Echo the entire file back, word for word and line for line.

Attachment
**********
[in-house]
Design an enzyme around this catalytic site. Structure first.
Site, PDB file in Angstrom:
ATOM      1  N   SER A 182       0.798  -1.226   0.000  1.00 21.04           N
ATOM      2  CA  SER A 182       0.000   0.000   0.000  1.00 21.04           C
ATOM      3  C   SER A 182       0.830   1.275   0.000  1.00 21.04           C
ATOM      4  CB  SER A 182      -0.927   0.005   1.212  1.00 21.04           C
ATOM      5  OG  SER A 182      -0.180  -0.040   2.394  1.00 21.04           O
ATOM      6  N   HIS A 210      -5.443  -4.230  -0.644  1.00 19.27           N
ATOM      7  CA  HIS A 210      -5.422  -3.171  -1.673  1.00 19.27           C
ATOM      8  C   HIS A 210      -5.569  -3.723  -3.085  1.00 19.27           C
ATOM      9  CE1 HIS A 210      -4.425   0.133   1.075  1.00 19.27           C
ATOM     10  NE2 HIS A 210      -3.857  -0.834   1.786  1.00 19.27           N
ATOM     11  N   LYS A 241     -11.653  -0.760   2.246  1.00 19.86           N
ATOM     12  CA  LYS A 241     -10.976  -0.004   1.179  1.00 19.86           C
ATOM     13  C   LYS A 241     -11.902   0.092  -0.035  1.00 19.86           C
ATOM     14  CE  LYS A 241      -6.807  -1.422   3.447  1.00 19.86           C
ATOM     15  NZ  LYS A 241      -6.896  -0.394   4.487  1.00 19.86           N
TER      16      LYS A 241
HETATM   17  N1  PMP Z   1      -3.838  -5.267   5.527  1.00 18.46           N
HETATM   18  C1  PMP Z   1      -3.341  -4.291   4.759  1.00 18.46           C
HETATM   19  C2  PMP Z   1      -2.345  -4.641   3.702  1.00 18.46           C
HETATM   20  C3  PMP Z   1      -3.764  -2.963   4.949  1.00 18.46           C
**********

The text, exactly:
[in-house]
Design an enzyme around this catalytic site. Structure first.
Site, PDB file in Angstrom:
ATOM      1  N   SER A 182       0.798  -1.226   0.000  1.00 21.04           N
ATOM      2  CA  SER A 182       0.000   0.000   0.000  1.00 21.04           C
ATOM      3  C   SER A 182       0.830   1.275   0.000  1.00 21.04           C
ATOM      4  CB  SER A 182      -0.927   0.005   1.212  1.00 21.04           C
ATOM      5  OG  SER A 182      -0.180  -0.040   2.394  1.00 21.04           O
ATOM      6  N   HIS A 210      -5.443  -4.230  -0.644  1.00 19.27           N
ATOM      7  CA  HIS A 210      -5.422  -3.171  -1.673  1.00 19.27           C
ATOM      8  C   HIS A 210      -5.569  -3.723  -3.085  1.00 19.27           C
ATOM      9  CE1 HIS A 210      -4.425   0.133   1.075  1.00 19.27           C
ATOM     10  NE2 HIS A 210      -3.857  -0.834   1.786  1.00 19.27           N
ATOM     11  N   LYS A 241     -11.653  -0.760   2.246  1.00 19.86           N
ATOM     12  CA  LYS A 241     -10.976  -0.004   1.179  1.00 19.86           C
ATOM     13  C   LYS A 241     -11.902   0.092  -0.035  1.00 19.86           C
ATOM     14  CE  LYS A 241      -6.807  -1.422   3.447  1.00 19.86           C
ATOM     15  NZ  LYS A 241      -6.896  -0.394   4.487  1.00 19.86           N
TER      16      LYS A 241
HETATM   17  N1  PMP Z   1      -3.838  -5.267   5.527  1.00 18.46           N
HETATM   18  C1  PMP Z   1      -3.341  -4.291   4.759  1.00 18.46           C
HETATM   19  C2  PMP Z   1      -2.345  -4.641   3.702  1.00 18.46           C
HETATM   20  C3  PMP Z   1      -3.764  -2.963   4.949  1.00 18.46           C